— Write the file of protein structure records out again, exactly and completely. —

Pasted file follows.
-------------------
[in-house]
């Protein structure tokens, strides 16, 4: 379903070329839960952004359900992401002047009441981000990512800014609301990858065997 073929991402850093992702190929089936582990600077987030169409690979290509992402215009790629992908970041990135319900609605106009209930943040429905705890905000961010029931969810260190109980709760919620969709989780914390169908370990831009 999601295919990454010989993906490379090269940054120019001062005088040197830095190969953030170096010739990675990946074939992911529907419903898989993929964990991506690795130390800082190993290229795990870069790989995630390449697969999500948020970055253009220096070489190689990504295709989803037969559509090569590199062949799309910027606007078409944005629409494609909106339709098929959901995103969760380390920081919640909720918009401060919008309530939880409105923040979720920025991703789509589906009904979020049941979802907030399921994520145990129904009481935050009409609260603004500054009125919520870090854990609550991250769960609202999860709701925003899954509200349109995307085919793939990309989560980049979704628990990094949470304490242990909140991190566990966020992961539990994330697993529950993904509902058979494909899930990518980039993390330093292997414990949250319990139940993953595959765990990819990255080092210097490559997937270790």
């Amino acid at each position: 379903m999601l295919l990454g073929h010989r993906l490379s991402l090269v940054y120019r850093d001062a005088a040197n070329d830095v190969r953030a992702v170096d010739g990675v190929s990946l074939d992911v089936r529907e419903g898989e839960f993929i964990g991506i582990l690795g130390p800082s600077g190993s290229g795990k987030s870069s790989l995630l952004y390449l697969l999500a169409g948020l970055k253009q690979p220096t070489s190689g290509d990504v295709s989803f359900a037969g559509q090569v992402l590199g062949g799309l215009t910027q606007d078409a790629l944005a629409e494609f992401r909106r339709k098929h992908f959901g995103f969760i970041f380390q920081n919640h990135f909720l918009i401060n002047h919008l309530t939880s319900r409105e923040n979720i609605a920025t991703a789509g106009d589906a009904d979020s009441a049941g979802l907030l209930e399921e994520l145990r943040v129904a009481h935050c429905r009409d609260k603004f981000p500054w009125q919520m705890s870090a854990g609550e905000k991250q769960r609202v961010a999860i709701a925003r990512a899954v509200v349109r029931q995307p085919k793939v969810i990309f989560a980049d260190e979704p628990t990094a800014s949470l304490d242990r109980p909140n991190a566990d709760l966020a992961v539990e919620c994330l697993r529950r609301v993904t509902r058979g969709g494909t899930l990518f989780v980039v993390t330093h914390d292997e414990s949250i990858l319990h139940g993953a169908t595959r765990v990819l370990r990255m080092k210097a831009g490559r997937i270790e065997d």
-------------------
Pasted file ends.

[in-house]
């Protein structure tokens, strides 16, 4: 379903070329839960952004359900992401002047009441981000990512800014609301990858065997 073929991402850093992702190929089936582990600077987030169409690979290509992402215009790629992908970041990135319900609605106009209930943040429905705890905000961010029931969810260190109980709760919620969709989780914390169908370990831009 999601295919990454010989993906490379090269940054120019001062005088040197830095190969953030170096010739990675990946074939992911529907419903898989993929964990991506690795130390800082190993290229795990870069790989995630390449697969999500948020970055253009220096070489190689990504295709989803037969559509090569590199062949799309910027606007078409944005629409494609909106339709098929959901995103969760380390920081919640909720918009401060919008309530939880409105923040979720920025991703789509589906009904979020049941979802907030399921994520145990129904009481935050009409609260603004500054009125919520870090854990609550991250769960609202999860709701925003899954509200349109995307085919793939990309989560980049979704628990990094949470304490242990909140991190566990966020992961539990994330697993529950993904509902058979494909899930990518980039993390330093292997414990949250319990139940993953595959765990990819990255080092210097490559997937270790």
């Amino acid at each position: 379903m999601l295919l990454g073929h010989r993906l490379s991402l090269v940054y120019r850093d001062a005088a040197n070329d830095v190969r953030a992702v170096d010739g990675v190929s990946l074939d992911v089936r529907e419903g898989e839960f993929i964990g991506i582990l690795g130390p800082s600077g190993s290229g795990k987030s870069s790989l995630l952004y390449l697969l999500a169409g948020l970055k253009q690979p220096t070489s190689g290509d990504v295709s989803f359900a037969g559509q090569v992402l590199g062949g799309l215009t910027q606007d078409a790629l944005a629409e494609f992401r909106r339709k098929h992908f959901g995103f969760i970041f380390q920081n919640h990135f909720l918009i401060n002047h919008l309530t939880s319900r409105e923040n979720i609605a920025t991703a789509g106009d589906a009904d979020s009441a049941g979802l907030l209930e399921e994520l145990r943040v129904a009481h935050c429905r009409d609260k603004f981000p500054w009125q919520m705890s870090a854990g609550e905000k991250q769960r609202v961010a999860i709701a925003r990512a899954v509200v349109r029931q995307p085919k793939v969810i990309f989560a980049d260190e979704p628990t990094a800014s949470l304490d242990r109980p909140n991190a566990d709760l966020a992961v539990e919620c994330l697993r529950r609301v993904t509902r058979g969709g494909t899930l990518f989780v980039v993390t330093h914390d292997e414990s949250i990858l319990h139940g993953a169908t595959r765990v990819l370990r990255m080092k210097a831009g490559r997937i270790e065997d």